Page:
Head kick from Gastelum rocks Adesanya! WHAT. A. ROUND. #UFC236 pic.twitter.com/qeR89cBcHd— UFC (@ufc) April 14, 2019
The final round was straight bananas. Both fighters endured nearly being submitted by deep chokes until Adesanya finally dropped Gastelum repeatedly in the final minute despite proving unable to force the stoppage. The combined levels of heart and stubbornness shown over the final five minutes were humbling.
With so much at stake, neither fighter was willing to take the chance of having regret in pursuit of their title dreams. This was the kind of fight that births new fans and entraps them for life due to the almost inhumane levels of courage and brutality on display.
2. Dustin Poirier UD5 Max Holloway (UFC 236)
How do you follow a fight as good as Adesanya-Gastelum? The quick answer is you don't. Yet somehow, someway this interim lightweight title bout that served as the main event in Atlanta came insanely close. This was the 28-year-old Holloway, already in possession of the UFC featherweight title, daring to be great by moving up to 155 pounds in hopes of nearing the immortality that comes with being a rare two-division champion. Holloway was so incredibly game in his attempt to do so by relentlessly absorbing damage and exploding forward as if winning this fight provided an opportunity to save his life. Yet what ultimately made it so good was that Poirier, at the age of 30, figured out on this night how to find the very best version of himself inside the Octagon that ever existed. Culminating a long journey of maturity and growth, Poirier was simply too big, too tough and too determined as outlasted Holloway in a high-speed classic.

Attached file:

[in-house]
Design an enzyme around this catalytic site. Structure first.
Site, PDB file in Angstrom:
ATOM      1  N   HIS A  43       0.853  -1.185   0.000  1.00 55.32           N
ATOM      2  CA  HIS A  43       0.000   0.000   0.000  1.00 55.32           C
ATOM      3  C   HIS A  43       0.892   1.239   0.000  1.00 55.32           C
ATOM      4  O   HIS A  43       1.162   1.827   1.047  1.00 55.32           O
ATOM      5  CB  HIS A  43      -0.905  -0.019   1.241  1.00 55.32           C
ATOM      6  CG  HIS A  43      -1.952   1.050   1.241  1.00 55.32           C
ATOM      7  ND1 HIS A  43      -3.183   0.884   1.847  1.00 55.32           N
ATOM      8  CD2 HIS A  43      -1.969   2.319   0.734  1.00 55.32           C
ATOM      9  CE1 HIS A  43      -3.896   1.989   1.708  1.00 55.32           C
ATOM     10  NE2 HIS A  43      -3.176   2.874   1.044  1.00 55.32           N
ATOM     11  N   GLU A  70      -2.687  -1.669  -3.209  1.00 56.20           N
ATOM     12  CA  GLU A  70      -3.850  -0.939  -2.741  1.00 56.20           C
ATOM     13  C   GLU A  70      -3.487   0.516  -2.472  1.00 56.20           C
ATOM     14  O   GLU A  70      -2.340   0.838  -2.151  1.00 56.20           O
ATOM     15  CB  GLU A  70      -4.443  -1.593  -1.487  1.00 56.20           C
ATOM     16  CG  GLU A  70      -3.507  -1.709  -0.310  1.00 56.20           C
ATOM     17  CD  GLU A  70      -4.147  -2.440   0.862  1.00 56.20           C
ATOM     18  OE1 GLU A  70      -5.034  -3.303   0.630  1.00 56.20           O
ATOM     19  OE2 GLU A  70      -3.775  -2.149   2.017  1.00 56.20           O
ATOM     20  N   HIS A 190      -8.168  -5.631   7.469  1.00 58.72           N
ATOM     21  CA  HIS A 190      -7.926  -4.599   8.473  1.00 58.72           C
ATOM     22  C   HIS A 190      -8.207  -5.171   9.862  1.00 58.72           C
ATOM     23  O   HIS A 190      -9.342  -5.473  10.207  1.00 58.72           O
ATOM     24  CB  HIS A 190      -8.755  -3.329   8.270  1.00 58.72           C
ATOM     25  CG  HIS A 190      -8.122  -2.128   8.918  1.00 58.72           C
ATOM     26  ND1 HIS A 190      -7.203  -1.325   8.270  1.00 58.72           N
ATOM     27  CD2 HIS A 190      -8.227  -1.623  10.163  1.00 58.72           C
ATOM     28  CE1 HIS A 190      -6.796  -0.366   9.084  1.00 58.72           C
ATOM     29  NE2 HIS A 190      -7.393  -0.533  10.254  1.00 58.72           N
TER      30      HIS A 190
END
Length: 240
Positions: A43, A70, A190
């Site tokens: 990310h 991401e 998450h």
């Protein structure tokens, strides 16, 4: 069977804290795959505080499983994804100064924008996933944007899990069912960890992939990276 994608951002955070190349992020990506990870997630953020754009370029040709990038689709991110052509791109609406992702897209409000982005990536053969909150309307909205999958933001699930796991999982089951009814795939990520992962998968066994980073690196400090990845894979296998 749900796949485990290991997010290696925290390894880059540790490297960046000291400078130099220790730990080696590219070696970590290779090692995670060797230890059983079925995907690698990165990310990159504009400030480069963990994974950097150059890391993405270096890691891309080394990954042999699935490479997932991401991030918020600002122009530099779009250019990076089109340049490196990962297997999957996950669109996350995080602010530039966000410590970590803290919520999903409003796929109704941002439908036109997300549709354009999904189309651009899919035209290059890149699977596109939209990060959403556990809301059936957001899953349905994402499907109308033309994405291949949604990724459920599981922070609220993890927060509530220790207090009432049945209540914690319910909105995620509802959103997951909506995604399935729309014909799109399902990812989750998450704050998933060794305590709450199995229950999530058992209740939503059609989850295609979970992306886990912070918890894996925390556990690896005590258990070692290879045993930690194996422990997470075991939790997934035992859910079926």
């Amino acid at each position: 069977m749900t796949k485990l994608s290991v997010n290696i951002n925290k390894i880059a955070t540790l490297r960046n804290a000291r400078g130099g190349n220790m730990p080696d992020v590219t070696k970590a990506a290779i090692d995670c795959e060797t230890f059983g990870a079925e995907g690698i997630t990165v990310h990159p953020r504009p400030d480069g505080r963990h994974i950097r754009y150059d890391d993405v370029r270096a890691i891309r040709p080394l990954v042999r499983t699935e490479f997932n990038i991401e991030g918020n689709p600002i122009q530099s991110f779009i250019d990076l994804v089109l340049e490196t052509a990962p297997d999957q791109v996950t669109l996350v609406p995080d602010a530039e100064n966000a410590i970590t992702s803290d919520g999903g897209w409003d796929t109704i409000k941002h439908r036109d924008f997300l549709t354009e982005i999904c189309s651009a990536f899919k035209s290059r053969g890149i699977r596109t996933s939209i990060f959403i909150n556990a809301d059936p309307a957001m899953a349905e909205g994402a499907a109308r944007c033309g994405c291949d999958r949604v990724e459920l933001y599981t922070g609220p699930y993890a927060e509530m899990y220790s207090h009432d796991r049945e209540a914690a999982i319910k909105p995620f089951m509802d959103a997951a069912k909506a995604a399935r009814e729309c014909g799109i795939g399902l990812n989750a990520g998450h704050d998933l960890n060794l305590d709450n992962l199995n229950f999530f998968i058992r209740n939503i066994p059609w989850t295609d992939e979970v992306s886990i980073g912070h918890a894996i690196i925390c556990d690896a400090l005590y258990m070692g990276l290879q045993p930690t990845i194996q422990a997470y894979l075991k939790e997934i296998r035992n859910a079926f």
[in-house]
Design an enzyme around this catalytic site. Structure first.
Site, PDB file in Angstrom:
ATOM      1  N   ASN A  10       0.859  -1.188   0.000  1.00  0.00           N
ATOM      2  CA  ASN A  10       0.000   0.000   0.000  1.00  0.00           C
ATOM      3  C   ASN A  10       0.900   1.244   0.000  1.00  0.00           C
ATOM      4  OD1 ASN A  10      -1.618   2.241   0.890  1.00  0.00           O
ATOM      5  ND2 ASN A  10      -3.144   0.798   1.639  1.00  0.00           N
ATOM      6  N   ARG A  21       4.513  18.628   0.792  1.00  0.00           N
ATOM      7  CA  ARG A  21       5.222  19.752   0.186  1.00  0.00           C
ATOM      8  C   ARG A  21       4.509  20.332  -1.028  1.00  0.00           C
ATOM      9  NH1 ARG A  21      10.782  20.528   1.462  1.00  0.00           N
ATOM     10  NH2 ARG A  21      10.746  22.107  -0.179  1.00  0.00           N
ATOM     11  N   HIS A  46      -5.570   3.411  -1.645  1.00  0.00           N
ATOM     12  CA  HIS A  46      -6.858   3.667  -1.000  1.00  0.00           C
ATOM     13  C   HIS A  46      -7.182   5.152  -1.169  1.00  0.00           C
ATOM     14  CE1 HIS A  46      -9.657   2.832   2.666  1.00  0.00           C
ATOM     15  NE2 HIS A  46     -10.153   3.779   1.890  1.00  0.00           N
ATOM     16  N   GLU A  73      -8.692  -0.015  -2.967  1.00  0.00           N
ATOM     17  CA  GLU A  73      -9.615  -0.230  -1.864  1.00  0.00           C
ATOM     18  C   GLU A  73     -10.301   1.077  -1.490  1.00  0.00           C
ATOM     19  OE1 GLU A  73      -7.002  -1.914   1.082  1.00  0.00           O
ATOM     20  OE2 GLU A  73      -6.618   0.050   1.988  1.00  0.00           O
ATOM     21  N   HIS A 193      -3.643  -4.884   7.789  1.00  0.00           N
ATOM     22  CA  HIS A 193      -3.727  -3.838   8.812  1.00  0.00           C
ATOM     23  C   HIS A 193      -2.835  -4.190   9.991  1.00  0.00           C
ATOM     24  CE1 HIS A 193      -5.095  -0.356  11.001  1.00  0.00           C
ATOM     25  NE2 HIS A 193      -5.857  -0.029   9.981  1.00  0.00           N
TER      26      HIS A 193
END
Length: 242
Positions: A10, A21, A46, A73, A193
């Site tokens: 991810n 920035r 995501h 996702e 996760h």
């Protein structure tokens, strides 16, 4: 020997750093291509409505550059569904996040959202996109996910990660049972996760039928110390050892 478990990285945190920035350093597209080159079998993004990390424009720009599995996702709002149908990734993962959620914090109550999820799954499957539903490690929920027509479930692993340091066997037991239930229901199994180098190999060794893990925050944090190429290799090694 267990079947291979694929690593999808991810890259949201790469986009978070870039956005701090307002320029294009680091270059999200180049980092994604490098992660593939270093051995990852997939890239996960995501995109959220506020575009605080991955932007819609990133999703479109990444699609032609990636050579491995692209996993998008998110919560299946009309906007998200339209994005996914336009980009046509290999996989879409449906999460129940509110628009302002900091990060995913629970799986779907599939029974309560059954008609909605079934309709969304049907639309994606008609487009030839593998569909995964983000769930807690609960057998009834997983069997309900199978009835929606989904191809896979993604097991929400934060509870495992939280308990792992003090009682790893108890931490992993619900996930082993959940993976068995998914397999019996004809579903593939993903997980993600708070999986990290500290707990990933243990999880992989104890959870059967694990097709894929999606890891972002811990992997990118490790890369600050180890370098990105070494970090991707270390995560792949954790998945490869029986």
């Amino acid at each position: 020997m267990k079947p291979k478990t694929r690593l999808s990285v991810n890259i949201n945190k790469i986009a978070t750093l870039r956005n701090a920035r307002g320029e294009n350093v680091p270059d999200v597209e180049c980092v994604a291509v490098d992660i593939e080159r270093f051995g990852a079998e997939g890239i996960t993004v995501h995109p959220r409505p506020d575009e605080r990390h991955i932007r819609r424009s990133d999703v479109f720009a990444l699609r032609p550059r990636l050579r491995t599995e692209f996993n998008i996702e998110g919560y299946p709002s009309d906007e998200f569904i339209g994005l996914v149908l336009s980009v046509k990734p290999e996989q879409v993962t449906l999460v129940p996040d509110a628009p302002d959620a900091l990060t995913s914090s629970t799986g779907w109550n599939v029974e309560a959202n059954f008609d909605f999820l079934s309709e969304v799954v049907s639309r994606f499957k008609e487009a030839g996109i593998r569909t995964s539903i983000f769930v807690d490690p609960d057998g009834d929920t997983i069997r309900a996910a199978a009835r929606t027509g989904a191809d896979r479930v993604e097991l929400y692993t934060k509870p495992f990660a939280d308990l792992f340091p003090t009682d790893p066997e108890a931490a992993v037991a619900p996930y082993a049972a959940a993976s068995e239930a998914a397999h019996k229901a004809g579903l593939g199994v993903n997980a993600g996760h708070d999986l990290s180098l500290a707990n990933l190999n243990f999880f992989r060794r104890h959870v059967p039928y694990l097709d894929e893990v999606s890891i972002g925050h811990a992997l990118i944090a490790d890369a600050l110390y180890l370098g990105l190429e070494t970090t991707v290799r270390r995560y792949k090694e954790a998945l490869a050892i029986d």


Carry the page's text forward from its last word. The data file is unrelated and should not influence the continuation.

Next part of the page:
The knee that cut Holloway!— UFC (@ufc) April 14, 2019
2-2 heading into round 5? What's your scorecard say? #UFC236 pic.twitter.com/t4ur17DRh1
3. Vicente Luque TKO3 Bryan Barberena (UFC Phoenix)
They don't make them much more intense than this welterweight war that featured both fighters combining to land more than 300 strikes. Luque became the first fighter to stop the rugged Barberena as he broke open an even slugfest through two rounds and recorded the finish in the final seconds of Round 3 thanks to vicious knees to the face. Although Luque was able to secure the fight of the night bonus, he caught an earful from his fiancée thanks to the damage his face incurred just weeks out from their wedding.